As news continues to trickle down the pipeline about Comcast SportsNet Chicago reporter Susannah Collins' dismissal, the latest bit of news from the Chicago Tribune could set an ugly precedent for the future. According to the Tribune and reporter Robert Channick, a letter from Chicago Blackhawks chairman Rocky Wirtz apparently played a role in Collins' dismissal.
"In my opinion and those of others, (the videos) are incredibly offensive to a number of audiences, going well beyond professional athletes," Wirtz said. "Had we known of this earlier, we would have raised the issue immediately."
The letter went on to ask CSN to "remove her from our broadcast immediately."
This isn't the first time tha the Blackhawks have meddled in CSN activity. Former Blackhawks reporter Josh Mora didn't have his contract renewed after he was critical about the team's management in a blog entry. A quote from Mora in the Tribune story is telling about how CSN operates.
"I think the network feels that its first responsibility is to the team," said Mora, director of sports partnerships and curriculum at Full Sail University in Winter Park, Fla. "The team is their partner, the team is their client and the reporters and anchors are just the employees. I think if there's ever a conflict between the two entities they're going to resolve it in the team's favor first."
The firing of Collins compounded with the non-renewal of Mora's contract is creating potential for an ugly situation surrounding the Blackhawks. Dan Bernstein of CBS Chicago raised the question about Bobby Hull's employment as a Blackhawks ambassador despite a past that is loaded with much more ugly tidbits than Collins' Sports Nutz videos.
The situation with Collins is nowhere near as cut and dry as the firing of Jen Patterson in 2010 after it was revealed that she was dating Nick Boynton of the Blackhawks. That's actually a potential conflict of interest as opposed to big spoonful of hypocracy, and there's also precedence after Carolyn Hughes was fired by Fox Sports West after having an affair with Dodgers pitcher Derek Lowe.
But how much of an impact should teams have in personnel decisions for their flagship network? If a team spurs a network to let someone go from their job because they're not good at it (see: Beth Keener at Fox Sports South) then that's one thing, but to spur a network to fire an employee because of their past that was initially not a problem for the network or because they were being critical of the team? That's a much more murky area. If you dig deep enough, you can find skeletons in anyone's closet. and if you simply want a supply of homer announcers or writers, you might as well work on attempting to clone Hawk Harrelson.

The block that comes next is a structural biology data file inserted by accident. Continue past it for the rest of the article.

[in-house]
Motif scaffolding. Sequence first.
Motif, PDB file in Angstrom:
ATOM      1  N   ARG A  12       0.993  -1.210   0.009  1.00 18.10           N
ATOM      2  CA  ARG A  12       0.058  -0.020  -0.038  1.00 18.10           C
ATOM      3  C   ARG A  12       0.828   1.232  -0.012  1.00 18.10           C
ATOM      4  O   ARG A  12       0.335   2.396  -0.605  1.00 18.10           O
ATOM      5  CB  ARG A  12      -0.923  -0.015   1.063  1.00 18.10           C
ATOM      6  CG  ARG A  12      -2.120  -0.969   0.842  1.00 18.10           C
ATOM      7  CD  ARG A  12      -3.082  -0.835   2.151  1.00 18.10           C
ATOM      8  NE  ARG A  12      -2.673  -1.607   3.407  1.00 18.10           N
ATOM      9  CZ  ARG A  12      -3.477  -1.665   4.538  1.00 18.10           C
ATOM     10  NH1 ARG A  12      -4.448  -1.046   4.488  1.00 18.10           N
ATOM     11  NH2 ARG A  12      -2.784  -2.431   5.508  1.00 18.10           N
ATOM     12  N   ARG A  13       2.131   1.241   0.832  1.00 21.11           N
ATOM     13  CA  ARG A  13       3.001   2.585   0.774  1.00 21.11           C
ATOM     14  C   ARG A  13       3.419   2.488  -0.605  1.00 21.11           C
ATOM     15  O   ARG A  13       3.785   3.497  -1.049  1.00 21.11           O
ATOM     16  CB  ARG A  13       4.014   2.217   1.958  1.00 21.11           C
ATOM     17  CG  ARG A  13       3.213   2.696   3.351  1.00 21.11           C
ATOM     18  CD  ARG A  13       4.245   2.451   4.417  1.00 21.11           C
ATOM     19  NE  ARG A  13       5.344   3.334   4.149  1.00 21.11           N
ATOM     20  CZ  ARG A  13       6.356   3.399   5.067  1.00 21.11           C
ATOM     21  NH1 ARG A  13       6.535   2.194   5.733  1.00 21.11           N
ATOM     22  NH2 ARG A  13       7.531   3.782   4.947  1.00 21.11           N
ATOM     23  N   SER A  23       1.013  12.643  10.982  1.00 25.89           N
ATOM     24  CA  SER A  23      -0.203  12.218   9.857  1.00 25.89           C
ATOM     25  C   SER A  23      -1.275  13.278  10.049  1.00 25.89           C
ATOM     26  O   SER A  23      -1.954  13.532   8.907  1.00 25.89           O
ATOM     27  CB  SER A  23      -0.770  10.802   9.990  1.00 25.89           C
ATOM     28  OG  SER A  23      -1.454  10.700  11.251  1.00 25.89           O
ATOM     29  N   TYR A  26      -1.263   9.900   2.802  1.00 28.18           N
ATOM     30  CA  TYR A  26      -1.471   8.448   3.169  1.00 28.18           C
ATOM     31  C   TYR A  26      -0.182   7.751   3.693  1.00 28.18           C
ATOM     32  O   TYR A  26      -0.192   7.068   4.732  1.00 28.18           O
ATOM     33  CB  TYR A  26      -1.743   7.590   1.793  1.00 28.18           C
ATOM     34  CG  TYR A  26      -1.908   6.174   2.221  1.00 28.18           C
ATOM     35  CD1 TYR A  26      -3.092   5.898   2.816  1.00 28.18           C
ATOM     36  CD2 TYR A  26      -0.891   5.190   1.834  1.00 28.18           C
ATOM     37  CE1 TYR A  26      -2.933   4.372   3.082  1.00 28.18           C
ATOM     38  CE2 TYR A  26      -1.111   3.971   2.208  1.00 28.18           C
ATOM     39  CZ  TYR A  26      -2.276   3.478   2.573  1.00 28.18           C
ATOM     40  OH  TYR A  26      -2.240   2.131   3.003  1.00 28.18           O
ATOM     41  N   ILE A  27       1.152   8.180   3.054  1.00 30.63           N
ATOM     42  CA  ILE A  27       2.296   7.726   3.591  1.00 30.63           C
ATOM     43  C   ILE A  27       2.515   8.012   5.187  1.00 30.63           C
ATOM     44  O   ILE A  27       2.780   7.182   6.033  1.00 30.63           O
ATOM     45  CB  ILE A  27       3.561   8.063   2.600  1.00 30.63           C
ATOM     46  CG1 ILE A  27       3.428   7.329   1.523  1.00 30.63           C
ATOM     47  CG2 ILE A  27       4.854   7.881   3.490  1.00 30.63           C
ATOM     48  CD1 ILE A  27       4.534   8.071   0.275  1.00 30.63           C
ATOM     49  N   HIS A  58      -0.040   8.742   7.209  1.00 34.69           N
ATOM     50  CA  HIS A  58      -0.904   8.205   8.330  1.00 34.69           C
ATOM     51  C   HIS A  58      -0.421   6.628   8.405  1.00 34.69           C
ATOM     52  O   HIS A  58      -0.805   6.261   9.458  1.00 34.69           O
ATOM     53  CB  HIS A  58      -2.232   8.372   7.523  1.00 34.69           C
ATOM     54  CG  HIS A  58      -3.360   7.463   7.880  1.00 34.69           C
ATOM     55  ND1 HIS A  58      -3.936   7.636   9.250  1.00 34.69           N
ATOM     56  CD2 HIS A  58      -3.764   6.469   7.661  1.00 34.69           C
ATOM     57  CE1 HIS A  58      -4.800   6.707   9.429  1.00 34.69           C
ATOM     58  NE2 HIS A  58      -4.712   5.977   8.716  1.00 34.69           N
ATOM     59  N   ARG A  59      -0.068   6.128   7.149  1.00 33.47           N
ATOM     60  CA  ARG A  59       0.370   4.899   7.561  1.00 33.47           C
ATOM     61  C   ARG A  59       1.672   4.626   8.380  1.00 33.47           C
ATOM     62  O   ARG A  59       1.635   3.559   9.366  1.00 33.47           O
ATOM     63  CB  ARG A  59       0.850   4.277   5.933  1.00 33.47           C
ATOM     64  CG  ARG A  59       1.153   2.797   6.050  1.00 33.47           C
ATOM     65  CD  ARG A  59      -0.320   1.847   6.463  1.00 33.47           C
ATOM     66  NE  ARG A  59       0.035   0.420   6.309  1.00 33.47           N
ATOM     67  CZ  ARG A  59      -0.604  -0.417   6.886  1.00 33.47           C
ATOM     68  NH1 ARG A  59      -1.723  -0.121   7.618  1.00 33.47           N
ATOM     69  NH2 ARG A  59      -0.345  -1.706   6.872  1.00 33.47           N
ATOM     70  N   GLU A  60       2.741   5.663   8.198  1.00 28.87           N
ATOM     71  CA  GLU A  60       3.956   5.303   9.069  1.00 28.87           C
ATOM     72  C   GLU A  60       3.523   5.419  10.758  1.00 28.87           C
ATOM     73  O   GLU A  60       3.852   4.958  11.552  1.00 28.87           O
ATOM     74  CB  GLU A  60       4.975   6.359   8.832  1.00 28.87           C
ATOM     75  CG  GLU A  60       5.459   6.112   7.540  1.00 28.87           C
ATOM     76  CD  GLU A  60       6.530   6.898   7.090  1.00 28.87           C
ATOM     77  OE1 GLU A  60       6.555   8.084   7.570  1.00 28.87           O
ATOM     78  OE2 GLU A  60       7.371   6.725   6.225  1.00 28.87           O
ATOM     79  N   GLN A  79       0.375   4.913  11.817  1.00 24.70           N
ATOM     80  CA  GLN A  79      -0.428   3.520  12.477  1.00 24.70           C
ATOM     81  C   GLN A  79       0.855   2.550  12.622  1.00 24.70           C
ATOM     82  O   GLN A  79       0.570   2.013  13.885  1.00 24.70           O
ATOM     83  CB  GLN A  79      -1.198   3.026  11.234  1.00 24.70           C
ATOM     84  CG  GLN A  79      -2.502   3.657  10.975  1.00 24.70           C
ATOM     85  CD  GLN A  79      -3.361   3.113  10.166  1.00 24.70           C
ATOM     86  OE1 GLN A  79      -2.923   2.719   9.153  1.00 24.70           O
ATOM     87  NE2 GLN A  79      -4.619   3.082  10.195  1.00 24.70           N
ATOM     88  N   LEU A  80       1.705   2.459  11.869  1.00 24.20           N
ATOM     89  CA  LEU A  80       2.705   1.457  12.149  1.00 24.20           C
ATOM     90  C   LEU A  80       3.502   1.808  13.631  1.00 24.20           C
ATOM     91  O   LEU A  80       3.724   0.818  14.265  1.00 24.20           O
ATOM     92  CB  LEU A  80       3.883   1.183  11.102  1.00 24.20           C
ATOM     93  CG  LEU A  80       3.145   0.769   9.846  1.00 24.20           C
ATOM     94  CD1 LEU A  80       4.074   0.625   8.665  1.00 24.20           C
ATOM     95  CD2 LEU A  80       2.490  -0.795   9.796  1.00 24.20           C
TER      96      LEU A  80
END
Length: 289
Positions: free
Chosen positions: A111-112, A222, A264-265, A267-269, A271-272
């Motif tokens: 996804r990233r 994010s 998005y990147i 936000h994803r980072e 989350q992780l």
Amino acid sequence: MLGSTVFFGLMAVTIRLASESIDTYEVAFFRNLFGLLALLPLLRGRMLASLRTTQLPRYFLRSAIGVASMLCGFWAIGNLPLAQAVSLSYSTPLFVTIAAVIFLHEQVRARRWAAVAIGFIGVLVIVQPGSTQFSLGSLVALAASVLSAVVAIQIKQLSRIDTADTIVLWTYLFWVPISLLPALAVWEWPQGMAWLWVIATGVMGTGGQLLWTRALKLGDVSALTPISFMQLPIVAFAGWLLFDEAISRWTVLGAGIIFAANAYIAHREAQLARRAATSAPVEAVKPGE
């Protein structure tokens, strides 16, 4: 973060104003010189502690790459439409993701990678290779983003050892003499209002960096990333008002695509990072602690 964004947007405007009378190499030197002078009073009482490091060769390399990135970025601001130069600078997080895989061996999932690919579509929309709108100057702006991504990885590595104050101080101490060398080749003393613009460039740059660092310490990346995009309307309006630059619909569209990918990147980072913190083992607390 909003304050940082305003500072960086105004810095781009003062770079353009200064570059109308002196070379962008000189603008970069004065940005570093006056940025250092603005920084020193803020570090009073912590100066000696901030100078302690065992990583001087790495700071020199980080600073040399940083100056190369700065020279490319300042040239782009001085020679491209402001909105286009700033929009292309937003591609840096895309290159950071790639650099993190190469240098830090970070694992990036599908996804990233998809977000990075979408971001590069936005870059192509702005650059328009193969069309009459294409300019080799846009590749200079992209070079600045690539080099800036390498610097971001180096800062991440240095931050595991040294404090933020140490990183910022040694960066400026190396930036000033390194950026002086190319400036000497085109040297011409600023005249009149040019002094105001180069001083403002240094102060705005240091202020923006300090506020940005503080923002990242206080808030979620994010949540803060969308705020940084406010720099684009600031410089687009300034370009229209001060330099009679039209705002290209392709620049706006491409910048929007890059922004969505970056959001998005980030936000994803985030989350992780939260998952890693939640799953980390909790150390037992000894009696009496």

Susannah is super hot and her girlfriend is even hotter!! I'm sure JEN will land on her feet. Although I'd so LOVE to see her on her back as well. YEAH!
The customer in this scenario is the network (CSN), who is paying for the rights to broadcast the games. CSN gets to decide who does what..even with the Blackhawks owing 25% of the network. If the team has a legitimate issue (which this clearly isn't), CSN could still have made a move after the season. And why fire her? Is there not something else she could do for CSN?
The teams want unabashed homers, pure and simple. The network needs to grow a pair and remind the team who is paying. I mean, it's not like CSN has to worry about not getting to bid on the Blackhawks games in the future--they're the only network willing to do it. CSN standing firm and allowing its on-air talent and reporters to report and comment without fear of retaliation from the team would allow the network to have some tiny shred of journalistic integrity. As it stands, it has absolutely zero.
@HarryWolper "I mean, it's not like CSN has to worry about not getting to bid on the Blackhawks games in the future--they're the only network willing to do it."That would explain why WGN also broadcasts their games.
@HarryWolper HaHa you think they are the only network that would broadcast games????
When a controversy likes this arises, the main concern of the team is <said reporter> was involved in <enter situation here>. The problem is when said reporter is named in media reports; it’s followed more prominently by the team, rather than the team’s broadcast partner. Then it indirectly associates them to controversy of an individual not of their employ. So in my opinion, the Hawks are justified in protecting their brand by having her disassociated with team. Just my two cents.